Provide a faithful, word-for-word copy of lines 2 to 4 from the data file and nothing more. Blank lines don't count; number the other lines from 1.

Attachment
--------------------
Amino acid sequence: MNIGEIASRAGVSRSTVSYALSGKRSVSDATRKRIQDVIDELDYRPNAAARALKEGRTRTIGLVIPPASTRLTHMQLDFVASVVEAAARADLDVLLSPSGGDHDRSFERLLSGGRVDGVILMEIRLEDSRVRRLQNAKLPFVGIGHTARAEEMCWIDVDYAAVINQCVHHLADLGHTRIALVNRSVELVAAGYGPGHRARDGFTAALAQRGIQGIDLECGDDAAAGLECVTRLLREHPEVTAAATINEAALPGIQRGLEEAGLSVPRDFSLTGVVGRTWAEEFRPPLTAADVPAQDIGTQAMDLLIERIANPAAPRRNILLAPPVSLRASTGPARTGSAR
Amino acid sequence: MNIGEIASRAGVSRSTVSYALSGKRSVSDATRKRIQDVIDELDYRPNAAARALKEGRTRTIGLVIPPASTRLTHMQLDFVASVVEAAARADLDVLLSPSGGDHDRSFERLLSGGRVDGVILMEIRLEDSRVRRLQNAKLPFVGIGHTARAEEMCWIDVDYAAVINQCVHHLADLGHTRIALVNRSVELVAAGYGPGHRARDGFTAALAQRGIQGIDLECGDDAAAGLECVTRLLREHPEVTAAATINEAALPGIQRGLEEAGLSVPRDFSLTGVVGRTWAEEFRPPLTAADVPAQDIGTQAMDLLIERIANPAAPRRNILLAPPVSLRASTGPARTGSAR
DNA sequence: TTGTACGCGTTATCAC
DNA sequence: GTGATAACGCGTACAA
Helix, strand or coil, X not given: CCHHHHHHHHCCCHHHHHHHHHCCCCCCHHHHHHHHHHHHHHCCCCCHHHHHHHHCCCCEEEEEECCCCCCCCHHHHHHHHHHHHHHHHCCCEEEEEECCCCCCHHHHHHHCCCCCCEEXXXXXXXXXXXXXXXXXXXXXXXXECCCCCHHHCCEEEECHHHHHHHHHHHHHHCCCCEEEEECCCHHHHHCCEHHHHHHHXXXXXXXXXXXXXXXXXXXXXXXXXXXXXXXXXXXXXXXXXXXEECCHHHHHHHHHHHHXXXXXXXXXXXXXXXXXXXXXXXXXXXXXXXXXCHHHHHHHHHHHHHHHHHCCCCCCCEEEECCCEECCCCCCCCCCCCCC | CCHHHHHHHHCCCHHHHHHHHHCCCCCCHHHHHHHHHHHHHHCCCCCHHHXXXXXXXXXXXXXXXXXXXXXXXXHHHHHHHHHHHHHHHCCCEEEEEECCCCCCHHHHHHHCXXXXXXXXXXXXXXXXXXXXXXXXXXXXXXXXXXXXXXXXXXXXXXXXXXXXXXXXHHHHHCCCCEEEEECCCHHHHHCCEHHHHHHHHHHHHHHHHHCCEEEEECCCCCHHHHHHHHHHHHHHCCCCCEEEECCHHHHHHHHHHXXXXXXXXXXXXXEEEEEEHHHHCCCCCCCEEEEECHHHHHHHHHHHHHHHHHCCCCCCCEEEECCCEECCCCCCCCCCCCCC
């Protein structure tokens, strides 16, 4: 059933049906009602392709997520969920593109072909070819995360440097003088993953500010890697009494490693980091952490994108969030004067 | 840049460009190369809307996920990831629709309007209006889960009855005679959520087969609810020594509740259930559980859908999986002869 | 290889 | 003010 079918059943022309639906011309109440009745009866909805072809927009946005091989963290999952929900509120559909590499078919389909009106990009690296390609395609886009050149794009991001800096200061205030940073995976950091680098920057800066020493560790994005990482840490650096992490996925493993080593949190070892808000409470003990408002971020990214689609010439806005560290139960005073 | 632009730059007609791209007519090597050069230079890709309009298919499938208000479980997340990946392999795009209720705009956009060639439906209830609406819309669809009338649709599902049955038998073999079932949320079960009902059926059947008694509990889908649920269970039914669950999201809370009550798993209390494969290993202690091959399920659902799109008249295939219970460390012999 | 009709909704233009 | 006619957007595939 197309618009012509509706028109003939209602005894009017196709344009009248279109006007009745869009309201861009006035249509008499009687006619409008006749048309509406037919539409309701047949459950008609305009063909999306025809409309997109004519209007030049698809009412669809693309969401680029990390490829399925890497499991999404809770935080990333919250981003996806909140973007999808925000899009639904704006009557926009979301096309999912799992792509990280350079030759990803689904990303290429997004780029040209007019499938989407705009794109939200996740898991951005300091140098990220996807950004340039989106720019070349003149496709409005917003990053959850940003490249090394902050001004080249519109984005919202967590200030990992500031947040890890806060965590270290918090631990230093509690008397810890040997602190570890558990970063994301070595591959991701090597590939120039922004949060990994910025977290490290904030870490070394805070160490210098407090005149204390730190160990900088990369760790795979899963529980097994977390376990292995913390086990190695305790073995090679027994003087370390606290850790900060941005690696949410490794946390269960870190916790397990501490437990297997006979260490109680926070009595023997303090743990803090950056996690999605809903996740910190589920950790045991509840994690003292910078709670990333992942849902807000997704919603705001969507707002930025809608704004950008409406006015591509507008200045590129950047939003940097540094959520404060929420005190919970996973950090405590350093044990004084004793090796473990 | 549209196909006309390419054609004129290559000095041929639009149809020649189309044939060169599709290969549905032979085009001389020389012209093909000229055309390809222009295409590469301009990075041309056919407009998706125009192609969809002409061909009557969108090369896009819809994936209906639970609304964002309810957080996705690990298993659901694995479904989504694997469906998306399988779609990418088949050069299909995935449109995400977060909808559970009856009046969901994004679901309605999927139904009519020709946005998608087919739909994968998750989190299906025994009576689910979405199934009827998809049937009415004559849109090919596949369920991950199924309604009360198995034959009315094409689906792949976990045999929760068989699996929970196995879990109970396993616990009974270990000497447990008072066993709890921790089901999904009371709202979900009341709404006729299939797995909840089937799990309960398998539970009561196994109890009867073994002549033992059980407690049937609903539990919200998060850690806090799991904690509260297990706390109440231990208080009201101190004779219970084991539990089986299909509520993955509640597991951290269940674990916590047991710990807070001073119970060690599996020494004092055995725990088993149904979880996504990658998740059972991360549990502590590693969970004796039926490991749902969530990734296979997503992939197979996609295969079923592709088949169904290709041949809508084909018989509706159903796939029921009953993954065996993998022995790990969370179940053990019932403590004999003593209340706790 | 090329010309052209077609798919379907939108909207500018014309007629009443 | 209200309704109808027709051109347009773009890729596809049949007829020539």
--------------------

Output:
Amino acid sequence: MNIGEIASRAGVSRSTVSYALSGKRSVSDATRKRIQDVIDELDYRPNAAARALKEGRTRTIGLVIPPASTRLTHMQLDFVASVVEAAARADLDVLLSPSGGDHDRSFERLLSGGRVDGVILMEIRLEDSRVRRLQNAKLPFVGIGHTARAEEMCWIDVDYAAVINQCVHHLADLGHTRIALVNRSVELVAAGYGPGHRARDGFTAALAQRGIQGIDLECGDDAAAGLECVTRLLREHPEVTAAATINEAALPGIQRGLEEAGLSVPRDFSLTGVVGRTWAEEFRPPLTAADVPAQDIGTQAMDLLIERIANPAAPRRNILLAPPVSLRASTGPARTGSAR
DNA sequence: TTGTACGCGTTATCAC
DNA sequence: GTGATAACGCGTACAA